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Spine (Phila Pa 1976). 2009 Nov 15;34(24):2642-5. doi: 10.1097/BRS.0b013e3181b435e4.

The kinematic relationships of the upper cervical spine.

Author information

1
Department of Orthopaedic Surgery, University of California at Los Angeles, Los Angeles, CA, USA.

Abstract

STUDY DESIGN:

A retrospective radiographic study.

OBJECTIVE:

To elucidate the kinematic relationships of the upper cervical spine.

SUMMARY OF BACKGROUND DATA:

To our knowledge, few reports have described the kinematic relationships of the upper cervical spine in patients with general age-related cervical spondylosis.

METHODS:

We performed Kinetic magnetic resonance imaging for 295 consecutive patients experiencing neck pain without neurologic symptoms. Subjects with rheumatoid arthritis, traumatic history, and severe degenerative changes in the upper cervical spine were excluded. Anterior atlantodens interval (AADI) and the cervicomedullary angle in 3 different postures were measured, and the variations in each value between flexion and neutral (F-N), neutral and extension (N-E), and flexion and extension (F-E) were calculated. The subjects were classified into 3 groups according to the space available for the cord values (A: <or=14 mm, B: 14-15 mm, C: >or=15 mm).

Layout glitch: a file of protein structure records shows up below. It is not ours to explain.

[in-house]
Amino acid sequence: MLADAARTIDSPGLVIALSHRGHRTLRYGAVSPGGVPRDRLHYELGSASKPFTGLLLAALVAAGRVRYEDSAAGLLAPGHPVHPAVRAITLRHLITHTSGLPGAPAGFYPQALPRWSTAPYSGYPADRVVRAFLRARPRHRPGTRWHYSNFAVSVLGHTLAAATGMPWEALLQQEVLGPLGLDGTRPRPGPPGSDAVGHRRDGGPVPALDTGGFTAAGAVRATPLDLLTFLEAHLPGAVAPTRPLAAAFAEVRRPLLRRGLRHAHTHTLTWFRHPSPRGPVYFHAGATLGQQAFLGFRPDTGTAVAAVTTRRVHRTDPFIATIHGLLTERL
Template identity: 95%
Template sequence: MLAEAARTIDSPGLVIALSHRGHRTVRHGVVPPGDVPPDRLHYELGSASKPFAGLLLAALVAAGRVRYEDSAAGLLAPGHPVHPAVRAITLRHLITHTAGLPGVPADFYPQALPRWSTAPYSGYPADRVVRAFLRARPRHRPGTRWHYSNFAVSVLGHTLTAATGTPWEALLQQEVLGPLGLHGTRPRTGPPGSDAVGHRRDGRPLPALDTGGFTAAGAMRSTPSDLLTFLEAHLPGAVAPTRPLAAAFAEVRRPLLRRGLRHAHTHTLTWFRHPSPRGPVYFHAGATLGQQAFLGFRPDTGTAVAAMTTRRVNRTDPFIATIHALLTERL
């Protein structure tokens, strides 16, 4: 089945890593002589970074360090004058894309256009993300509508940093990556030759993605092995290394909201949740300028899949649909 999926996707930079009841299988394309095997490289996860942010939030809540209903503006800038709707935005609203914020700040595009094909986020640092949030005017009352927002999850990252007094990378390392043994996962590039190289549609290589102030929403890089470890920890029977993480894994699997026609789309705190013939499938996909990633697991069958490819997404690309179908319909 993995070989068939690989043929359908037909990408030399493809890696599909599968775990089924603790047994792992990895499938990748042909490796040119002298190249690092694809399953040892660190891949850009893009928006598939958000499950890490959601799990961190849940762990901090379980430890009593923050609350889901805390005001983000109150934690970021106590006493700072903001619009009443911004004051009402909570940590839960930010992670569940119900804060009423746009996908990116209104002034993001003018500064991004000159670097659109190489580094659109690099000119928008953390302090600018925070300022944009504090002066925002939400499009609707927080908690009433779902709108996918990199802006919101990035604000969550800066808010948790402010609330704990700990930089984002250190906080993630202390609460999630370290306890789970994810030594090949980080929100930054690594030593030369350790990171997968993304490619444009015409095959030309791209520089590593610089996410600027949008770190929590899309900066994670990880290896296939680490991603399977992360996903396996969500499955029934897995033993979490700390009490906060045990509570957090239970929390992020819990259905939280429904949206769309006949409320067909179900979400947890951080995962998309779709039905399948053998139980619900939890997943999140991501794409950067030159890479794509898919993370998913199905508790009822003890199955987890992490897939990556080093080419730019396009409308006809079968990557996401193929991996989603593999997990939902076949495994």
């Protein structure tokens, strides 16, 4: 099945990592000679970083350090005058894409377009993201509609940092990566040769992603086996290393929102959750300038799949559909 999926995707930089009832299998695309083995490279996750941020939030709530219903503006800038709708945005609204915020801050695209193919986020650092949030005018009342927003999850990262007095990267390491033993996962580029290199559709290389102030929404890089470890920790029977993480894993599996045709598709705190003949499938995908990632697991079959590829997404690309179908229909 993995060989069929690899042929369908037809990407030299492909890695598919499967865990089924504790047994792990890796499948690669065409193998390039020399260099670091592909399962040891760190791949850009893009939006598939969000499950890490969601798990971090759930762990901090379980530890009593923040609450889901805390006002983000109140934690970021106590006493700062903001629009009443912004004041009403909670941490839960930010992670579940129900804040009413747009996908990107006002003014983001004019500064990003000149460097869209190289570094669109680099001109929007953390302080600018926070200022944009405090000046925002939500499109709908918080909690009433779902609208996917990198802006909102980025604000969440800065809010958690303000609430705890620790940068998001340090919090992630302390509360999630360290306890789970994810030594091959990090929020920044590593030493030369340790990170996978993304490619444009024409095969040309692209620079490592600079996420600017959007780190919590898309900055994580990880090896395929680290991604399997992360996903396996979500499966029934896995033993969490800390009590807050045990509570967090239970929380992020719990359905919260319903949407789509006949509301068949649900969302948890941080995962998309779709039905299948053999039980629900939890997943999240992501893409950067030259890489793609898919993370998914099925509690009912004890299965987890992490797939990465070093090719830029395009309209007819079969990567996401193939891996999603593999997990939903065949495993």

RESULTS:

AADI significantly increased from extension to flexion posture, however, no significant differences were observed in every posture among the groups. F-N variation in AADI showed no significant differences among the groups; however, N-E variation between Groups A and C and between Groups B and C and F-E variation between Groups A and C showed significant differences. The cervicomedullary angle significantly increased from flexion to extension posture, however, no significant differences were observed in every posture among the groups. Angle variations among the groups showed no significant differences, except for F-N angle variation between Groups B and C. None of the variations in AADI and the cervicomedullary angle were significantly correlated.

CONCLUSION:

Our results suggest that only the kinematics of the atlantoaxial movement, especially the posterior movement, was greatly affected by the narrowing of space available for the cord. The central atlantoaxial joint may be closely related to the mechanisms for protecting the spinal cord by restriction of the atlantoaxial movement.

PMID:
19910767
DOI:
10.1097/BRS.0b013e3181b435e4
[Indexed for MEDLINE]

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